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Stories from the valley

Sweet Royalty

Contributed by Jim Morris

From almonds to watermelon, much of our food relies on honeybees. They pollinate billions of dollars worth of crops every year, so their well-being is vital to us all.

Wootens Bees 1

With our warm spring weather, the Sacramento Valley is like a Club Med for bees. In fact, some of the largest bee producers in the state reside in our valley.

Shannon and Glenda Wooten have raised Queen Bees in Palo Cedro, Shasta County, since 1974. They produce about 50,000 Queen Bees a year, which are shipped throughout the U.S. and Canada.  Theirs is a multi-generational farm, with their son and daughter-in-law assuming more responsibility.

Shannon Wooten- 31716

Spending your workday around bees may not be your cup of tea, but this family appreciates these industrious insects.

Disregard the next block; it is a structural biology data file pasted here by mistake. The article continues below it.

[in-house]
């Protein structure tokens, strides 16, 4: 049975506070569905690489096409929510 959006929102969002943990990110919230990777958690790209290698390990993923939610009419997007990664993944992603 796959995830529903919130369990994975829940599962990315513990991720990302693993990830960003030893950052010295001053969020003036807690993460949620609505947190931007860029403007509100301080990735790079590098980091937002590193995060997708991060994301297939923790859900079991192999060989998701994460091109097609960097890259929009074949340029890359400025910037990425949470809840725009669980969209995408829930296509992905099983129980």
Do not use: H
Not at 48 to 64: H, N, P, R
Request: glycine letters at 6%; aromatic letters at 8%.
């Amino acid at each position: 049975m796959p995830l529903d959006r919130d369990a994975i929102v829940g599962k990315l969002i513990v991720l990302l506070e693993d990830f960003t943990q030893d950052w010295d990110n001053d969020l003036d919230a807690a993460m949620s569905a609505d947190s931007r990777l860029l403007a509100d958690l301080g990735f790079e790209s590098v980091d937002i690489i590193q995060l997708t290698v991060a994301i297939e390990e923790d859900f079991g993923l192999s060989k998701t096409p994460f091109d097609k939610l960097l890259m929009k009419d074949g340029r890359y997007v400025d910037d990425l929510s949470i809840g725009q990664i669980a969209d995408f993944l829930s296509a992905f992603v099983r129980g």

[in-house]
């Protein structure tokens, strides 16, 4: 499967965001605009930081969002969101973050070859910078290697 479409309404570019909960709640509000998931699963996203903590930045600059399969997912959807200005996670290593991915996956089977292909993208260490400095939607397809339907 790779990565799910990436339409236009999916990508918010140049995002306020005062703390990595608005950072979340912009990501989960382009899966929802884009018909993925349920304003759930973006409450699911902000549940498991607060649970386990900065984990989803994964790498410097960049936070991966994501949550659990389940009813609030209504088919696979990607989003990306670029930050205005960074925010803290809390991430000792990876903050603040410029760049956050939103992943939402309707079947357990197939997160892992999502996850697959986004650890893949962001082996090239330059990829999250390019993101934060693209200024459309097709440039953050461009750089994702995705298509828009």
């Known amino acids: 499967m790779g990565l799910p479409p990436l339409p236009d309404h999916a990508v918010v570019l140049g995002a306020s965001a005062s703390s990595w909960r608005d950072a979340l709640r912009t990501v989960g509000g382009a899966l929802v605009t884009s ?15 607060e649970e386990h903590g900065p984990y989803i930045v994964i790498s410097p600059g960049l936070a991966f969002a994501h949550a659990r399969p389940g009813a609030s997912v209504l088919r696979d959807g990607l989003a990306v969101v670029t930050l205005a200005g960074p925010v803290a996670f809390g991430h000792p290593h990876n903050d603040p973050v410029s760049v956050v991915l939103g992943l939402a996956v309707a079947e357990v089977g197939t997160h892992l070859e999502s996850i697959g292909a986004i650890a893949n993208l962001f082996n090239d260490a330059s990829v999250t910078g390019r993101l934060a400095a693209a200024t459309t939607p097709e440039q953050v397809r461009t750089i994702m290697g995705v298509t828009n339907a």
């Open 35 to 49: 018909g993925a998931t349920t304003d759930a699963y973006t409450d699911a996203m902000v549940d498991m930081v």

“I just respect them,” remarked Shannon. “They’re pretty phenomenal in a lot of ways – their colonization, how they work, how they survive. You learn to deal with that and it’s really fun to watch the bees- especially come out of winter and start growing. The bees actually get fat – just like a cow or anything else. They start making honey and their little bodies swell up. It’s fun to see them get fat.”

Bees 4

They graft Queen Bee cells by taking worker bee larvae and placing it in a queen cell cup. The cup is placed in a queenless starter hive. Two things differentiate the queen – she’s fed Royal Jelly and is raised upside down.

My visit to this farm was eye-opening and, frankly, pulse pounding. Bees provide so much for us all, but they can be a little testy on a warm afternoon.  I’m happy to leave this unheralded part of agriculture to the experts!